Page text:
Maui

The Valley Isle

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Maui offers a range of attractions from upscale resorts to laid-back villages. It is famed for its tropical landscapes, long beaches, stunning waterfalls, sporting lifestyle and spirit of Aloha.

Maui's unique geography is shaped by two volcanic cones and the variations of land from mauka (mountainside)  to makai (oceanside).

Kahului is the main commercial center with a cruise ship port, typical box stores and shopping malls and a small historical area. 

Wailuku is the historic area of Kahului with buildings dating from the missionary days in the early 1800s.

Vast sugar cane plantations and sugar production mills were important to Hawaii's economy and communities from the 1860s to the 1960s.

The Maui Ocean Center is an aquarium that features displays on fish, mollusks, sharks, humpback whales and sea turtles.

The MOC researches and reproduces coral reef, sandy shore and deep sea habitats.

Kealia Pond National Wildlife Refuge is a salt marsh which is home to 30 species of birds.

From Makena Beach, offshore Molokini can be seen, where coral reefs have formed in the semi-circular tuff crater.

Exclusive resorts line the Wailea beaches in South Maui.

The Hyatt Regency Hotel has exotic gardens and a penguin pool.

Iao Valley State Park is a lush mountain valley with a distinctive needle-shaped peak. It has hiking trails and viewpoints. At its base lies Kepaniwai Park's Heritage Gardens which have memorialized Maui's multicultural history with scale models of buildings and gardens representing the immigration of Hawaiian, American missionary, Chinese, Japanese, Portuguese, Korean, and Filipino cultures.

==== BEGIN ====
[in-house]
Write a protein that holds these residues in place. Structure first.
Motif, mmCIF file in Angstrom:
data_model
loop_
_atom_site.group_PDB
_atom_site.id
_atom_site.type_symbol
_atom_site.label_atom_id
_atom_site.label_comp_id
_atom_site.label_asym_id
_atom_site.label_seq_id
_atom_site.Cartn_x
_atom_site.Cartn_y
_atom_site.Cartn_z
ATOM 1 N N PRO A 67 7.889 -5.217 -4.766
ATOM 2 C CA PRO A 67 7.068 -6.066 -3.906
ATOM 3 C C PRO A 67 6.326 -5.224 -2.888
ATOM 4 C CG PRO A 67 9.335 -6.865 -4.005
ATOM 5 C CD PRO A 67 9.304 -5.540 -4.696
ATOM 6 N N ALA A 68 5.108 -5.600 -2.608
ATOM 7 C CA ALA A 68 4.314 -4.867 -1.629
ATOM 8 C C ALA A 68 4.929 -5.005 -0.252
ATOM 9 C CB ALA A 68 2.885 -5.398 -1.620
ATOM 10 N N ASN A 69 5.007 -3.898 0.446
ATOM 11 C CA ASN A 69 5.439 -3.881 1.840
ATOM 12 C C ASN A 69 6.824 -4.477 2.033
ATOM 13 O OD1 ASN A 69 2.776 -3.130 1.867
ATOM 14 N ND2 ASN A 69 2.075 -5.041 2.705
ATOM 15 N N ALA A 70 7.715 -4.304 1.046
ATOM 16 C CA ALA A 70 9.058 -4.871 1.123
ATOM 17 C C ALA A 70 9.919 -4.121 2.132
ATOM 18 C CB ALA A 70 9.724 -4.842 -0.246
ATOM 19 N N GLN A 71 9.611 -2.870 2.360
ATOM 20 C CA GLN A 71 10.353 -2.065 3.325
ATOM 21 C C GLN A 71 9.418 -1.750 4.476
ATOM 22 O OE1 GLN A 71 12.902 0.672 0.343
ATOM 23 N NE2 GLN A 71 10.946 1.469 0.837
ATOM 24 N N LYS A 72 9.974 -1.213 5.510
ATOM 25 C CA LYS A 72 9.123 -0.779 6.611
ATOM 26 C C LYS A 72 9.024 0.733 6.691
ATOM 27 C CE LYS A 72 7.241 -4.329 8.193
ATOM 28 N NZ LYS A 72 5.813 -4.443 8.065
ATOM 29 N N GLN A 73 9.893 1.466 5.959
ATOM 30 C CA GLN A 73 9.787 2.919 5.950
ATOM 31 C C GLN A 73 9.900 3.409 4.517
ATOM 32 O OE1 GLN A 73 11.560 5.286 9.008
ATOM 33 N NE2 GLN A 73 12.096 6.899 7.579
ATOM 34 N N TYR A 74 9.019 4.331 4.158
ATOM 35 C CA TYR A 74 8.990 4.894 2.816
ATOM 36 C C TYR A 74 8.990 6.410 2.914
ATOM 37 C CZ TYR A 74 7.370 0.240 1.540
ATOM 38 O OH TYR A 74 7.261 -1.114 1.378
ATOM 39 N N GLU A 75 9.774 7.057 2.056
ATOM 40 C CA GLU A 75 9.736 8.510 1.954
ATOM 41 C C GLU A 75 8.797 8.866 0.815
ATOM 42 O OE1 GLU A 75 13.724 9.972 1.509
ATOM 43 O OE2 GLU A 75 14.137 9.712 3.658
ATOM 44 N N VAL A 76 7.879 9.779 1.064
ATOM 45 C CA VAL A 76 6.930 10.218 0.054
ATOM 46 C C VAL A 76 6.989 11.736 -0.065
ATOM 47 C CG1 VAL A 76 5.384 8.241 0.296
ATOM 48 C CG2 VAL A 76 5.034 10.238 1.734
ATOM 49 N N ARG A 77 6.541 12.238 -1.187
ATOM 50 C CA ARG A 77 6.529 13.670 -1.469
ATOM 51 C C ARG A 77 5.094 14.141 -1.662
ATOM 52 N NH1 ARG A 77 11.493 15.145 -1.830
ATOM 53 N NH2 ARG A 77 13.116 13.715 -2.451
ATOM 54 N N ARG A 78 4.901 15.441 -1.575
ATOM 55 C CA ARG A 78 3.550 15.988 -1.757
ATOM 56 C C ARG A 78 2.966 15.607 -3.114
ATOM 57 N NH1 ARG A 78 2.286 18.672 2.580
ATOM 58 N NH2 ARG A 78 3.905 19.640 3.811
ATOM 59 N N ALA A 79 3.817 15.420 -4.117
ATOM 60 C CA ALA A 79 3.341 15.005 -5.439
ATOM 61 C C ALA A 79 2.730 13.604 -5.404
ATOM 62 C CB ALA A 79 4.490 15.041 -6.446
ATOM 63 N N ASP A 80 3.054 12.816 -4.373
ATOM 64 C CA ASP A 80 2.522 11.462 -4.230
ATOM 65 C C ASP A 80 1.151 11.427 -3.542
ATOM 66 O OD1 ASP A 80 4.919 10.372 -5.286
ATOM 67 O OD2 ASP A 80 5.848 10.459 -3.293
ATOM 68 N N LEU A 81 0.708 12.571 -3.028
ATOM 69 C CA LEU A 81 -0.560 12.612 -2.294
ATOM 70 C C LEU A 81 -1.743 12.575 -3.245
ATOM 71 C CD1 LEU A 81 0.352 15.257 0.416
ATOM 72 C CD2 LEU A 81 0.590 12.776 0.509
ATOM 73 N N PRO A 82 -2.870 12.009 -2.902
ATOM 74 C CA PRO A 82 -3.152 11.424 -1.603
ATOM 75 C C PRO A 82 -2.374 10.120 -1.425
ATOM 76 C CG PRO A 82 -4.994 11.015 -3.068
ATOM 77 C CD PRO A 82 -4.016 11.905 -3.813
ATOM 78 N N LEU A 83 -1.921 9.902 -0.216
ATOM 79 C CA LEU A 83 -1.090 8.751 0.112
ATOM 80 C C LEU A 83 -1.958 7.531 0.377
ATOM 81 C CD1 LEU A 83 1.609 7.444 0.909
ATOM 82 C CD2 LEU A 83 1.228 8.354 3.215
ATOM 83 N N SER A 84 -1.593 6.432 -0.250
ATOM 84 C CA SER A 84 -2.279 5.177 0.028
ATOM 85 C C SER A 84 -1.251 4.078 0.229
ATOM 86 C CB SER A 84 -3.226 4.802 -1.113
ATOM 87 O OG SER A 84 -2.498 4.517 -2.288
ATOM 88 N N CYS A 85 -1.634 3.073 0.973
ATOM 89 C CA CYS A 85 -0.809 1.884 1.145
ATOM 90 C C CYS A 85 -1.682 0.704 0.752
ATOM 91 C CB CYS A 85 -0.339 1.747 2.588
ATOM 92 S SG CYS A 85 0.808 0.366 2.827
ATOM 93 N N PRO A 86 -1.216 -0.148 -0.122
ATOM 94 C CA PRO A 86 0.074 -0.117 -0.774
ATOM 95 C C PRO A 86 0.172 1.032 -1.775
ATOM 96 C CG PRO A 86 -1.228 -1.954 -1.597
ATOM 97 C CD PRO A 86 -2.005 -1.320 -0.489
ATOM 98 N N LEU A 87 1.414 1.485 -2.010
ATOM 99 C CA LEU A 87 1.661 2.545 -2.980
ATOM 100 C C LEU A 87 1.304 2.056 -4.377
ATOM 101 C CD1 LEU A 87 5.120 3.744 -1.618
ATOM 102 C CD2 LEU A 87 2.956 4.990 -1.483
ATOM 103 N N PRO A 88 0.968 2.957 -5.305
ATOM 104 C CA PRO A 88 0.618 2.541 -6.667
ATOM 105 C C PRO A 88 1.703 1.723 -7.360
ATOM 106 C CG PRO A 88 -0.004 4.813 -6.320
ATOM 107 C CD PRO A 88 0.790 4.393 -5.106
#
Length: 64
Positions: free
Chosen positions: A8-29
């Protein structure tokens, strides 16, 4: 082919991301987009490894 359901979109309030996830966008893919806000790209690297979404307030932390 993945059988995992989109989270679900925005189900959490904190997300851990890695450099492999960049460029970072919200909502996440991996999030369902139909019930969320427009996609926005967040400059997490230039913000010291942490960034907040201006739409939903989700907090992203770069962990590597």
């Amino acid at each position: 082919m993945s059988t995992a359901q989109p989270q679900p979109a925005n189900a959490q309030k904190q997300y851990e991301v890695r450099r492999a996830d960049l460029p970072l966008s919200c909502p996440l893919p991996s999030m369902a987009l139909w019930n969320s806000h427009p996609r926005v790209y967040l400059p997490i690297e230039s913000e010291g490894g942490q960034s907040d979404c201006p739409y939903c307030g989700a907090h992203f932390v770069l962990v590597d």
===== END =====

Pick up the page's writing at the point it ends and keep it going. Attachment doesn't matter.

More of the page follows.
In the 1850s, Lahaina was a major whaling center. It is now a charming tourist destination full of shops and galleries.

Historic homes, shops, inns and parks line Lahaina's Front Street.

Maui's 30 miles of beaches include the popular Kahana, Ka'anapali and Kihei areas.

Kameole Beaches I, II and III are family favourites for their rocky outcroppings for snorkelling and their gentle surf for boogy-boarding.

The tradition of diving from Black Rock in Ka'anapali dates from the native Hawaiians who viewed it as a portal to the ancestral realm.

The Olivine tide pools in West Maui are magnificent but dangerous.

 

Dragon's Teeth at Kapalua is an unusual light-colored lava formation.

Snorkelling and whale watching excursions are readily available from the piers at Lahaina, Maalaea and Mokapu.

Maui is rich with fine artisans who are inspired by the beauty of the island.

There is a tradition of the blowing of conch shells as the sun sets.
 

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This site was last updated 03/04/19